High-pitched Sounds, Older Cats and Reflex Seizures: What Does One Study Tell Us?

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Birman cats are susceptible to FARS. Image by Kordokovski

Feline Audiogenic Reflex Seizures (FARS), as the authors of a recent paper have named  the condition, manifest as involuntary muscle activity (myoclonic seizures) starting at 10 years of age or older, which high frequency sound triggers.

The study, published in the Journal of Feline Medicine and Surgery, centers on data gathered from owners of 96 cats who had three or more generalized tonic-clonic seizures linked to a specific sound such as crinkling aluminum foil or tapping a spoon against a ceramic bowl or glass.

And, while most of the affected cats were domestic shorthairs, a significant number (31%) were Birmans or Birman crosses.

Seizure and Epilepsy Terminology for Understanding This Study

In order to interpret the results of the study, it is important to explain more about seizures in general, epilepsy and the different types of seizures seen in the cats in the study.

Epilepsy is a brain disorder leading to repeated seizures. Brain injury, strokes, metabolic disorders, tumors and any other illness that damages brain tissues may result in epilepsy. In some cases a cause for the onset of epilepsy can’t be determined, although there is increasing evidence for a genetic basis in certain situations.

Experts define seizures, also called convulsions, as uncontrolled electrical activity in the brain. There are many types of seizures:

  • Absence (or petit mal) means a brief loss of consciousness which often goes unnoticed, as the animal may simply appear to be staring into space.
  • Monoclonic involves involuntary muscle jerking or twitching either whole body or specific parts.
  • Generalized tonic-clonic (or grand mal) results in whole body convulsions alternating with rigidity, and loss of consciousness.
  • Reflex means a specific trigger such as light or sound initiates the seizure. Light, particularly strobes or fluorescent lights flickering at a specific rate, are common triggers in humans
  • Audiogenic are reflex seizures triggered by a specific sound.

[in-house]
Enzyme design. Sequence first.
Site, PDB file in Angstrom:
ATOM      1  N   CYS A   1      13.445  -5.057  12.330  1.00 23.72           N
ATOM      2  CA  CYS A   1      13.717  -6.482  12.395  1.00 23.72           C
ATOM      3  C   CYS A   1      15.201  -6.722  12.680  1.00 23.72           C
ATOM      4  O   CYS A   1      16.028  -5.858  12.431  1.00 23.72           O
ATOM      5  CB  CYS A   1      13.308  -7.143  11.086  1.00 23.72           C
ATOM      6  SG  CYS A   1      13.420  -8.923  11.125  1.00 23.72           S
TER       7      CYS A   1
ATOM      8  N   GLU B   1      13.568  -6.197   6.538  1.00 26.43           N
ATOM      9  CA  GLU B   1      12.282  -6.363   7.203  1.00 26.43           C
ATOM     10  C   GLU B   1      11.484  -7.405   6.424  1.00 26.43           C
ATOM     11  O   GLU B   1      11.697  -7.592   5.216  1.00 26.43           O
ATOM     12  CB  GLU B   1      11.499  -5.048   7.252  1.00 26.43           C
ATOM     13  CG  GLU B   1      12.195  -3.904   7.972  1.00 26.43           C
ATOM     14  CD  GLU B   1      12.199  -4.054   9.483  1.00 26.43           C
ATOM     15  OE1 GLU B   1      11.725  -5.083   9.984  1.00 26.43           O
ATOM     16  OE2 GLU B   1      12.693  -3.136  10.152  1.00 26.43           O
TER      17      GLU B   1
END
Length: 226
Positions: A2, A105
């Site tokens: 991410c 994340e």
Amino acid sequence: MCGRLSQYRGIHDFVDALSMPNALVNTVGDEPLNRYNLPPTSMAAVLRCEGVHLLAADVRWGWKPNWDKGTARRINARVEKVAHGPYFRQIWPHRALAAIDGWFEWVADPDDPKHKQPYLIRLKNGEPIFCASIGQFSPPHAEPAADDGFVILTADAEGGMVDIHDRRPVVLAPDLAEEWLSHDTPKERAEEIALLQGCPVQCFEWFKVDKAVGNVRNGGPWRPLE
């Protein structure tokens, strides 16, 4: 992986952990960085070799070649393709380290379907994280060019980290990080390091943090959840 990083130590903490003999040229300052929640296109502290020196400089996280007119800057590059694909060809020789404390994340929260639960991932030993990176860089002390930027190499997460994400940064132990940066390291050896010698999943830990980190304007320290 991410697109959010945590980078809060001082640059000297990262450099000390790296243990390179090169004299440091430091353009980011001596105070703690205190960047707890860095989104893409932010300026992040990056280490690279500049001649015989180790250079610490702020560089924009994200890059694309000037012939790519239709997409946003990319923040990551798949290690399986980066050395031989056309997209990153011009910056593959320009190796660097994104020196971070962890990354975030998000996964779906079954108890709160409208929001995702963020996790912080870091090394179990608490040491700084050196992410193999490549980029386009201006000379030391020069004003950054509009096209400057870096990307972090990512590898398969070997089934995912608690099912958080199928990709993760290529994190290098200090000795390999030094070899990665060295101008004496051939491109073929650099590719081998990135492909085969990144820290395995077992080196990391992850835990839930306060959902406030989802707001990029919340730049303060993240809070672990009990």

Domestic shorthair cats can develop FARS. Image by George Chernilevsky

Other Health Issues in FARS Study Cats

Several things make interpreting the FARS data difficult. FARS occurs in older cats, and the cats in the study had other age-related health conditions with the potential to trigger seizures.

Liver or kidney degeneration, hypoglycemia and hyperthyroidism can all result in increased likelihood of seizures, as can toxins, including those found in flea collars. Older cats are often more sensitive to these toxins.

In this study, 40% of the cats had concurrent medical conditions, chronic renal disease being most common. Interestingly, the presence of these health issues did not result in the FARS seizure activity becoming worse and treatment helped in some cases. This suggests that these medical conditions were not the underlying cause for the seizures.

More intriguing was the finding that 50% of the cats had some level of hearing impairment and five owners reported their cats as completely deaf. This would seem inconsistent with the sound-related seizures the cats experienced but there are several potential explanations.

Deafness in cats is often linked to damage in the areas of the ear where lower range sounds (7600Hz) are heard. Higher frequency sound ranges may not be affected. Only 16 of the 48 cats with reported hearing loss had further specialized testing– CT scans (4) or MRIs (12)– and none of those tests revealed a cause for the apparent deafness.

Given the number of Birmans who developed the condition, scientists must further examine the role of inheritance, especially in the light of genetic links to certain types of deafness seen in dogs and rodents that are linked to audiogenic seizures similar to those reported in the study.

Fate of the Cats in the Study

Twenty-two of the cats were euthanized within two years of developing the condition but owners reported slow decline in health, weakness and incoordination in the hind limbs, weight loss and behavioral changes such as toileting in inappropriate areas and getting stuck in corners as reasons for euthanasia. How much the seizure activity contributed to the overall decline is not clear from this study.

Questions Remain Unanswered About FARS

The study has raised more questions than it answered. For example, experts need to pursue the following questions to further understand the condition.

  • Is this truly a new syndrome or has the condition simply not been described before?
  • How much of this condition is simply age-related as cats are living longer as result of better care and more old-age syndromes may appear?
  • Does hearing loss resulting in only being able to hear high ranges play a role?
  • How is FARS related to similar seizures in dogs and rats where a genetic component has been identified?

There is one question that can be answered with a significant degree of certainty.

What Does This Mean For Cat Owners?

The first part of the answer to this question is levetiracetam – this drug has few significant adverse side effects, and likely manages late onset seizures in elderly cats well. Thus, even if a cat develops the condition, management is possible.

The second part is that this newly reported condition occurs late in cats’ lives, so diagnosing FARS is not likely to result in significant changes in the life of the individual cat. For owners on limited budgets there is no need to invest in expensive testing.

One further area of consideration based on this study involves the Birman cat. Owners of this breed may be able to contribute to the understanding of this condition as it specifically relates to this breed.

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